In the early 1990s, however, Kim’s life began to change for the better after a chance meeting with an up-and-coming rap artist named Christopher Wallace. “We lived on the same block in Brooklyn,” she recalled in an Interview feature, as quoted by Atlantic Records. “I always thought he was cute, and when I first started talking to him, I felt like I’d known him for years. I was working at Bloomingdales and friends of mine said to him, ‘You know, Kim knows how to rap.’ He was like, Please! She’s too cute to know how to rap.’” Wallace, at the time about to make waves in the rap world as Biggie Smalls—later known as the Notorious B.I.G.—with his 1993 debut hit song “Party and Bullsh**,” convinced Kim to try rapping.
Born Kimberly Denise Jones c. 1976 in Brooklyn, NY; daughter of Linwood, a former U.S. Army sergeant and bus driver, and Ruby Mae Jones, a department store clerk.
Met the Notorious B.I.G., real name Christopher Wallace, at age 16; joined Brooklyn rap collective Junior M.A.F.I.A. and appeared on Conspiracy, 1995; released solo debut, Hard Core, 1996; made film debut in She’s All That, formed Queen Bee Records, 1999; acted in blockbuster film Scary Movie, released album paying tribute to Wallace entitled Notorious K.I.M., 2000.
Addresses: Record company —Atlantic Records, 1290 Avenue of the Americas, New York City, NY 10104, phone: (212) 707-2533, fax: (212) 405-5665, website: http://www.atlantic-records.com.
Assuming the role as Kim’s mentor, Wallace, the person most responsible for enabling Kim to evolve into one of hip-hop’s most visible stars, took the 16-year-old under his wing. “We were really partners—like Bonnie and Clyde for real—and we lived our life like that,” Kim said to Steve Jones in USA Today. “He taught me everything I know…. Biggie still is the greatest rapper in the world. That’s why God put him in this world, so that everybody could get a taste of what this game is all about.” Despite the couple’s close bond, Wallace later married another artist from producer and record executive Sean “Puffy” Combs’ growing Bad Boy Entertainment crew, singer-songwriter Faith Evans, initiating a stormy and quite public love triangle that continued to invite speculation long after Wallace’s death. According to a 1998 People magazine interview, Kim stated that she once turned down a marriage proposal from Wallace because she didn’t feel ready, but admitted to other members of the press on numerous occasions that she resented the couple’s relationship. At the time of Wallace’s murder, he and Evans, though not divorced, were in fact separated, adding to the scandalous rumors.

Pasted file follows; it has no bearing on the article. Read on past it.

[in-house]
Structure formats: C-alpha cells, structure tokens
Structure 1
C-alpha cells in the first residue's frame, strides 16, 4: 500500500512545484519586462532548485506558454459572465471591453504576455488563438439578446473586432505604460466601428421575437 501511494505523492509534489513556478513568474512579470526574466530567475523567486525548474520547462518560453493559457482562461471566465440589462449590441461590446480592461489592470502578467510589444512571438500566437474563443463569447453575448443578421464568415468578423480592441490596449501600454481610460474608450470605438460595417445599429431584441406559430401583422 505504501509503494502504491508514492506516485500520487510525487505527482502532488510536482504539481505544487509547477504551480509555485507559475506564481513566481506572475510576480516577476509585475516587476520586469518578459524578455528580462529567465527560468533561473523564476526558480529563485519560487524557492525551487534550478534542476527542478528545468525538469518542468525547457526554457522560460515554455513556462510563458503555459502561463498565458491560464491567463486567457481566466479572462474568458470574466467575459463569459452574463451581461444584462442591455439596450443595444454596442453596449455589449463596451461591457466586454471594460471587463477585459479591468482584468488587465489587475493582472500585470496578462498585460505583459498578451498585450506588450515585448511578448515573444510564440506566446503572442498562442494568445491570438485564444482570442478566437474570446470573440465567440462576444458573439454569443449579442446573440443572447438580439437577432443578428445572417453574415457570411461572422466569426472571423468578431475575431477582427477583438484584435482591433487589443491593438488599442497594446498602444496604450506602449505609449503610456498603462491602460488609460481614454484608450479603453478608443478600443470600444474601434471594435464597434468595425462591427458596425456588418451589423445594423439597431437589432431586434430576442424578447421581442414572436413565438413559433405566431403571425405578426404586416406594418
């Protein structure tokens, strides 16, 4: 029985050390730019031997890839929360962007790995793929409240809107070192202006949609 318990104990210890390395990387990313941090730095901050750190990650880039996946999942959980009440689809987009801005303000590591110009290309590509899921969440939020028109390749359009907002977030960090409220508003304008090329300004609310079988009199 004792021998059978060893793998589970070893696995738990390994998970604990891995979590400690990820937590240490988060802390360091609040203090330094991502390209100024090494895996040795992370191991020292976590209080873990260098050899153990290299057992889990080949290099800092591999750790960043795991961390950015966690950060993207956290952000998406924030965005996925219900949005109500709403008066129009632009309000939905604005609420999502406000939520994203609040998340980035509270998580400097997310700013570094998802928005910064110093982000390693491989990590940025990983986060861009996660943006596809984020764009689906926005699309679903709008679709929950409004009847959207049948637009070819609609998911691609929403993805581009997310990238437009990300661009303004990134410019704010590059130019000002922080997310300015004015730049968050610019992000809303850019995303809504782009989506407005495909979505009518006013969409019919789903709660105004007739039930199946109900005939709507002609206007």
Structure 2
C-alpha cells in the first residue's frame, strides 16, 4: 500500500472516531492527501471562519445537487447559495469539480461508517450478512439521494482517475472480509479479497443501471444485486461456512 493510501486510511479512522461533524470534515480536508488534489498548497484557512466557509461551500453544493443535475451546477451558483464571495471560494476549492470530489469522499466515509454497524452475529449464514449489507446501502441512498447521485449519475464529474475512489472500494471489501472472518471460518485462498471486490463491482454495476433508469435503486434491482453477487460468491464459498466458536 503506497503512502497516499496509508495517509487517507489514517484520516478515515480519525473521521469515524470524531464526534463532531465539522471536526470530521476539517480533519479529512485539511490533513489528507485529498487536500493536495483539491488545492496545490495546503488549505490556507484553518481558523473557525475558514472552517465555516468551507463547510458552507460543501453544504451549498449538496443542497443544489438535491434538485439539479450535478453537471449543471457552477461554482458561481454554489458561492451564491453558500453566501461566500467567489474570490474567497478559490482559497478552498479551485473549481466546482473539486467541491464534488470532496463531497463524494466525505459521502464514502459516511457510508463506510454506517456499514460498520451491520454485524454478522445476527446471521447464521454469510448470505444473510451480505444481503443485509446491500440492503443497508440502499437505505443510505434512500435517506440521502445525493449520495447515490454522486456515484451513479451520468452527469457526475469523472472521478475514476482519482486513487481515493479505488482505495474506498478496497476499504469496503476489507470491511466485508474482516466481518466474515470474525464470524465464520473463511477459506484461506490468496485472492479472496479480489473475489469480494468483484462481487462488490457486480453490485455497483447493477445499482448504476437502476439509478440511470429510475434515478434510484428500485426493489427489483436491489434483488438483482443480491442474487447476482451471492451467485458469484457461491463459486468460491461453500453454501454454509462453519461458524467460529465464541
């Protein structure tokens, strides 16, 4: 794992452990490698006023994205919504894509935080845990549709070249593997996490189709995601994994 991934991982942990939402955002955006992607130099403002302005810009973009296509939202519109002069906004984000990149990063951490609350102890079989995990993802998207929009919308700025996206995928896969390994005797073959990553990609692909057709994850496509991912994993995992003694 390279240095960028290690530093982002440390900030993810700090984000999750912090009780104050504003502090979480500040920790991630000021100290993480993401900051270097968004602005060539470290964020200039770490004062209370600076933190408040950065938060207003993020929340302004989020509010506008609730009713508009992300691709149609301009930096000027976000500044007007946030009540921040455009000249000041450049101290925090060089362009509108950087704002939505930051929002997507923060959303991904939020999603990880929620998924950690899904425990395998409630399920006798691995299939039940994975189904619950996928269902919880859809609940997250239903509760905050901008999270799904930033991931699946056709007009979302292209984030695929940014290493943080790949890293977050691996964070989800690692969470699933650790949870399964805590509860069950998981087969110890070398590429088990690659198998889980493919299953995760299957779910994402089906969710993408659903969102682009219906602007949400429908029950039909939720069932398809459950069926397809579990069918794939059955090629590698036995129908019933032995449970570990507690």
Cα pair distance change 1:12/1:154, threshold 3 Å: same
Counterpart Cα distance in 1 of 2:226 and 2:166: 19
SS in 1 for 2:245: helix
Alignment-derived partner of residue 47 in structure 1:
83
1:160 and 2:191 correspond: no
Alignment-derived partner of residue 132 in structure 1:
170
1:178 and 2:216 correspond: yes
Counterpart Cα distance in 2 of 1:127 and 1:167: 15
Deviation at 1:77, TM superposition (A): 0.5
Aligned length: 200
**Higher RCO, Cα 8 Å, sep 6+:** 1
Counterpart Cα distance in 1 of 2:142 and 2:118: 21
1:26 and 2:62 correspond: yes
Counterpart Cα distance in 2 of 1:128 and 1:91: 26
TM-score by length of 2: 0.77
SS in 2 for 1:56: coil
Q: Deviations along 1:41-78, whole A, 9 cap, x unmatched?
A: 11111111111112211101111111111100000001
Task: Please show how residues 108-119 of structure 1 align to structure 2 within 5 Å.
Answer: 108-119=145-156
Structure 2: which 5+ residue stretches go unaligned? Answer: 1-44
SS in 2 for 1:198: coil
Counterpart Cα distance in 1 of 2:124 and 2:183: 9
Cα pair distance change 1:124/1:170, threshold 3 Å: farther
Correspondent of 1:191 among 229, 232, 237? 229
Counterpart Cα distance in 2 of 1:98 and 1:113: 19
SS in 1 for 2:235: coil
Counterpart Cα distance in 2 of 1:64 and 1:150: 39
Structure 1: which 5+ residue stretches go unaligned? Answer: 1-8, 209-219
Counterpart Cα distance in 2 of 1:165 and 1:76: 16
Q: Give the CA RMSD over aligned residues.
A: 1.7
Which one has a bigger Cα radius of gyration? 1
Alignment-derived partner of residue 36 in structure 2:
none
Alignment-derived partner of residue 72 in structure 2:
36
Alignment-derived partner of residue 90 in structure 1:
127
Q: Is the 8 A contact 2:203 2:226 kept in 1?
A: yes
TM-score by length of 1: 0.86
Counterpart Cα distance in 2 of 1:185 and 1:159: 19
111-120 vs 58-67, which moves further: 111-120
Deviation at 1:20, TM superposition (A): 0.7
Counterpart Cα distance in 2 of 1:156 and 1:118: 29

Whatever the circumstances of their romance, the moment for Lil’ Kim had arrived when she hooked up with Wallace. In 1994, Notorious B.I.G. released the album Ready To Die, an overwhelming success that allowed him and friend Lance “Un” Rivera to form Undeas, an imprint label under Atlantic Records. Channeling his growing clout within the hip-hop industry, Wallace launched the Brooklyn rap collective Junior M.A.F.I.A. (Masters At Finding Intelligent Attitudes) as Undeas’ first signing. Comprised of Biggie, Kim, The 6’s (LiP Cease, Chico, and Nino Brown), The Snakes (cousins Trife and Larceny), and Solo MC Klepto, Junior M.A.F.I.A. made an immediate impact, entering the top ten of the Billboard 200 pop album chart in September of 1995 with the certified platinum album Conspiracy And as the record swiftly climbed in popularity, peaking at number two on the Billboard R&B chart, Lil’ Kim shined as the group’s breakout star. She appeared on two of the record’s standout tracks—the gold-selling single “Players’ Anthem,” with the Notorious B.I.G. and Lil’ Cease, and “I Need You Tonight,” with Lil’ Cease and Aaliyah—as well as the platinum-selling single “Get Money,” a duet with B.I.G.
That fall, Junior M.A.F.I.A. embarked upon their first major tour, opening shows for the Notorious B.I.G. nationwide. Meanwhile, Wallace and Kim hatched plans for the rising star’s solo debut, Hard Core. Upon its release in November of 1996, Hard Core took the number 11 position on the Billboard 200, marking the highest-ever debut for a female hip-hop artist in the chart’s history. It, too, eventually went platinum and spawned several smash hits, including “Crush On You,” also featuring B.I.G. and Lil’ Cease, and “No Time,” a duet with Puffy, who also produced Hard Core, that spent nine weeks at number one on the rap chart and earned Kim yet another platinum award.